Nasal, Polyps

General Illness Information

Medical Term:

Nasal Polyps

Common Name:


Benign fleshy outgrowths of the mucous membrane in the nasal cavities, usually in both sides of the nose.

They sometimes grow large and numerous enough to cause nasal obstruction.

They are more common in adults than in children.


Causes: Chronic inflammation or allergy in the nose (allergic rhinitis) that causes the nasal mucous membranes to swell and produce excess fluid in the nasal cells.

Prevention: Treat the underlying allergic condition.

Signs & Symptoms

Obstruction of air through the nose (chronic “stuffy-nose” feeling).

Impaired sense of smell.

Feeling of fullness in the face

Nasal discharge (occasionally)

Facial pain (sometimes).

Headaches (sometimes).

Recurrent sinus infections.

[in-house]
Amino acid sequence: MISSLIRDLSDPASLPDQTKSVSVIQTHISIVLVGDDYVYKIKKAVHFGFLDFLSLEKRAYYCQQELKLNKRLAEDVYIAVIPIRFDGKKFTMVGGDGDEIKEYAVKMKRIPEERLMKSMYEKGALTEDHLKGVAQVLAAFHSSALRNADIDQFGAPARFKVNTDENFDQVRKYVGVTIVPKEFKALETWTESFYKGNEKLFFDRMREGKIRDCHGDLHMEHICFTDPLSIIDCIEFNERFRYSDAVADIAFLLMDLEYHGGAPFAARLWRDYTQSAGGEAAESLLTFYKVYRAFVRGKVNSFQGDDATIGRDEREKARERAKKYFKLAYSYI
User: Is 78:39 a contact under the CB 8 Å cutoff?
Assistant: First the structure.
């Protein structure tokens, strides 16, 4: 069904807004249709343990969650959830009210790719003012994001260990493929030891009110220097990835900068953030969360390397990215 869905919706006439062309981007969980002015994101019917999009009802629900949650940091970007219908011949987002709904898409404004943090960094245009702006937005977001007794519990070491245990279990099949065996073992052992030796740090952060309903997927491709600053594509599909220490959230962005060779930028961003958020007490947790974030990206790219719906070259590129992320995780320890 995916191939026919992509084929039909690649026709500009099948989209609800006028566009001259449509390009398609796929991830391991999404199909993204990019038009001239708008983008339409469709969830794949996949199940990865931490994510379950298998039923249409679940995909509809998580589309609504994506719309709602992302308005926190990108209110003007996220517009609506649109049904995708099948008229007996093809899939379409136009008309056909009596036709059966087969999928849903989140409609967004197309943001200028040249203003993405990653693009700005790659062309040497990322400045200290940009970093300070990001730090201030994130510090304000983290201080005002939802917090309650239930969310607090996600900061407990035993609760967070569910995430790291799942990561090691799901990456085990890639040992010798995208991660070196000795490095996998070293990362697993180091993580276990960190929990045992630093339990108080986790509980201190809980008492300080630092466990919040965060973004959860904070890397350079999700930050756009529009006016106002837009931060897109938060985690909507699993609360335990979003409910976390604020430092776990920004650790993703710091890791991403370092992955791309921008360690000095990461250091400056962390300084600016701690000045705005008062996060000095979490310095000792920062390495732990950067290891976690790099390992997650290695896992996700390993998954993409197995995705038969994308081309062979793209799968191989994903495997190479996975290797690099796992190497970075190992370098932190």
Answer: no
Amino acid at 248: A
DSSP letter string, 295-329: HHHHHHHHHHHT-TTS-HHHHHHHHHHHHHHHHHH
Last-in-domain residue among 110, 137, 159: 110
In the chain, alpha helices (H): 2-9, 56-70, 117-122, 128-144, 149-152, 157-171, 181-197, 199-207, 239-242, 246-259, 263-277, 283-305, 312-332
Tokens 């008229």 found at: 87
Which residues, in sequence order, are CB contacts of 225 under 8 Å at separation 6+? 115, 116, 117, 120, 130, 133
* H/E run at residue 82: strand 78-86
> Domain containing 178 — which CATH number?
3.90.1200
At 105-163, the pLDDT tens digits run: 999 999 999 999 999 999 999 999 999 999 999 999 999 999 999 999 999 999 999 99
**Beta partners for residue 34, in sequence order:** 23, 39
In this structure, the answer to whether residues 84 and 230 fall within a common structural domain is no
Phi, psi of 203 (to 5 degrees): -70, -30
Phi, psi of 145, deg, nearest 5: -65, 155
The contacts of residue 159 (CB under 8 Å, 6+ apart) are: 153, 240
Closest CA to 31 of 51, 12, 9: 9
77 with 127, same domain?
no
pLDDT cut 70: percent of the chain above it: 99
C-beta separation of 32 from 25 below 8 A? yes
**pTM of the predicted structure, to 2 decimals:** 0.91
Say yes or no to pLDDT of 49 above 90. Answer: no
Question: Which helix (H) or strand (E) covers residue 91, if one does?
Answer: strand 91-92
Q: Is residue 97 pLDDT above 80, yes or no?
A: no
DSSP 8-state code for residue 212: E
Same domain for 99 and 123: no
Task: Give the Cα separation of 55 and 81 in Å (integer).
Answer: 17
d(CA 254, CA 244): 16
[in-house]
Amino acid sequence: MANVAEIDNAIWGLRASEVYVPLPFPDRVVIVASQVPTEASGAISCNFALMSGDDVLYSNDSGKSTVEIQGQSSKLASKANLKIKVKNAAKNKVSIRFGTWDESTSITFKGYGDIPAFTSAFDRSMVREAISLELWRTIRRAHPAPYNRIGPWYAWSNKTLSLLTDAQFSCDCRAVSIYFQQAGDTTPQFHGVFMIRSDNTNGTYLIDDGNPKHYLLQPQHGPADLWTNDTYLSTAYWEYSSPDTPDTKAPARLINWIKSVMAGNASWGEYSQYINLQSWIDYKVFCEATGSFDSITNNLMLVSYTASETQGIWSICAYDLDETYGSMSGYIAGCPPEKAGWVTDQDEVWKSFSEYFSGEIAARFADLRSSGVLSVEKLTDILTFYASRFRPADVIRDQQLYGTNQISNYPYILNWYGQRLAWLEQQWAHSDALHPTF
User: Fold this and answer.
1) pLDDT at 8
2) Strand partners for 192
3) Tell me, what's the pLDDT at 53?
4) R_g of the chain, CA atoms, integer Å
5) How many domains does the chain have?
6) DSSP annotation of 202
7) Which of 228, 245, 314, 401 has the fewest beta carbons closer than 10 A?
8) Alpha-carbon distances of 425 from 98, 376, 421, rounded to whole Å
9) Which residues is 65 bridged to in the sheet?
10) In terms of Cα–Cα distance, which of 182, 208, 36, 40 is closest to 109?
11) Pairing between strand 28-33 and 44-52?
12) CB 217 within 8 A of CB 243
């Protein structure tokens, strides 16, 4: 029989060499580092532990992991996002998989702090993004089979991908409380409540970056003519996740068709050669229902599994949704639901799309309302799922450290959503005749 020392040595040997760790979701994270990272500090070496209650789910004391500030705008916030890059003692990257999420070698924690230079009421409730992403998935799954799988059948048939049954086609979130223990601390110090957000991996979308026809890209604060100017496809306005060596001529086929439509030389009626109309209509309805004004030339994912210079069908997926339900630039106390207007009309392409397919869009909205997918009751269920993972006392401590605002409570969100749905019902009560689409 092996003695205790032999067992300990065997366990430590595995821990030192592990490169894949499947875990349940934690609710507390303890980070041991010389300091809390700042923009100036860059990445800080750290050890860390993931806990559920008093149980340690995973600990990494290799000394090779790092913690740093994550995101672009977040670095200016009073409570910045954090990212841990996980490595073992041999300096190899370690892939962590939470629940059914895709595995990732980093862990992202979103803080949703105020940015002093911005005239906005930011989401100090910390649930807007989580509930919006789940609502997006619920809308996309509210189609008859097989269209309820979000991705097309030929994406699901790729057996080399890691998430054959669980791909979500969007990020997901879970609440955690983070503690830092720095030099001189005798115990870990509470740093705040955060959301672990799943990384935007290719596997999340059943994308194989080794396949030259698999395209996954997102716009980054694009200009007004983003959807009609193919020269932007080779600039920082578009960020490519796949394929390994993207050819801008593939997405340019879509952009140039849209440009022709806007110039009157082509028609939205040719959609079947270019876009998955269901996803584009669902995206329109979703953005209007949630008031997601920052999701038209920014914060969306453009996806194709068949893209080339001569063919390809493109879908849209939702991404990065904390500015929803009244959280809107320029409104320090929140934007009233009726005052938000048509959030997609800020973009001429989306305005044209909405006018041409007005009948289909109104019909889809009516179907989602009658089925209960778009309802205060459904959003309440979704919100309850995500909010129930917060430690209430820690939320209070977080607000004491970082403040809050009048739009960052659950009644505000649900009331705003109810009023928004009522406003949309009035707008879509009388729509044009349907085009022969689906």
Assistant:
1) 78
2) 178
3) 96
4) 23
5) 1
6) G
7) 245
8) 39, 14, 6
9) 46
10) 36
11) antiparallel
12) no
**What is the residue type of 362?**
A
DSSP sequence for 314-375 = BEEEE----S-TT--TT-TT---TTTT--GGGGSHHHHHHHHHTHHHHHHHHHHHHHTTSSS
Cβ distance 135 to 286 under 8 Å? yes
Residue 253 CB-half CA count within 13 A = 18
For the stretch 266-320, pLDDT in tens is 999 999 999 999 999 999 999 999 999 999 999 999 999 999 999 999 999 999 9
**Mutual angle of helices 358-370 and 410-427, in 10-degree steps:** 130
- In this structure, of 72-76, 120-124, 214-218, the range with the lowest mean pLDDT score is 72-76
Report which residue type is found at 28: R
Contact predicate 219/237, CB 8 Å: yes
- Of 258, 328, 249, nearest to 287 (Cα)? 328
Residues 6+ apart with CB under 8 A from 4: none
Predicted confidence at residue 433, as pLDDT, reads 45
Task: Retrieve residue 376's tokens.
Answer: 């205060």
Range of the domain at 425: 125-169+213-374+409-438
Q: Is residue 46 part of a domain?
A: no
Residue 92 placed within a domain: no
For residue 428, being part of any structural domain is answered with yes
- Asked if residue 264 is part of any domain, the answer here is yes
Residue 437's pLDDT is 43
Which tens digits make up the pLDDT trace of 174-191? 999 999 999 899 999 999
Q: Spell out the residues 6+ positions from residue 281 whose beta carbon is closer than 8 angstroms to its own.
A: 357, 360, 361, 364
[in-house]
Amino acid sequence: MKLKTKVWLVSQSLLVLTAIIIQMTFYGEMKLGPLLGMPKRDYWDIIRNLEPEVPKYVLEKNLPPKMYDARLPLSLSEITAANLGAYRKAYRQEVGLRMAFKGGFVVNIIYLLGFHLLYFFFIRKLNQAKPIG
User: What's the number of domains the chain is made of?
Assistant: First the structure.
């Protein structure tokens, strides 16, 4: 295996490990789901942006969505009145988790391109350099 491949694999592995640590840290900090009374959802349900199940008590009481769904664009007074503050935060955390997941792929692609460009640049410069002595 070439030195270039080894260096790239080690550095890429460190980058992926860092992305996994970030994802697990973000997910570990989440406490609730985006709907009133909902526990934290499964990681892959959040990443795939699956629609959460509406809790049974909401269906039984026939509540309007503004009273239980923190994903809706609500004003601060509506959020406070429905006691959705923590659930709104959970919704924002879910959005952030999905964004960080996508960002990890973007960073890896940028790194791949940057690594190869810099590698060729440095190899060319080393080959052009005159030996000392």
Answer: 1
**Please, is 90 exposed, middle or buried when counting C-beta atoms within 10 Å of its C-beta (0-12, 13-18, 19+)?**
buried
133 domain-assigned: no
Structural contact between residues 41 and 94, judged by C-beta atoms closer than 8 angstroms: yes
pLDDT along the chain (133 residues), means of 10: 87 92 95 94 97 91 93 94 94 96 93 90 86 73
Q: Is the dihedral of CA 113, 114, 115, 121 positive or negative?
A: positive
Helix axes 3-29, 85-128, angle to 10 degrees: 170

Risk Factors

Sinusitis or chronic nasal infection.

Allergic conditions causing nasal symptoms.

Diagnosis & Treatment

Diagnostic tests may include X-rays of the sinuses, CT scans, examination with a nasal speculum, and endoscopy

General Measures:

Medication may reduce the polyps.

Minor surgery is often required to remove polyps. This is usually performed under local anesthetic . However, recurrences are common.


Nasal sprays containing cortisone. These are effective in many cases.

Acetaminophen for pain.

Treat underlying allergic condition, if any.

Exercise caution with over the counter nasal sprays.


No restriction


No restriction.

Possible Complications :

Recurrent infections.

Recurrent nosebleeds.


Excellent. Can be well controlled either with medication or surgery.

Recurrence after surgery is common.


Nothing specified.

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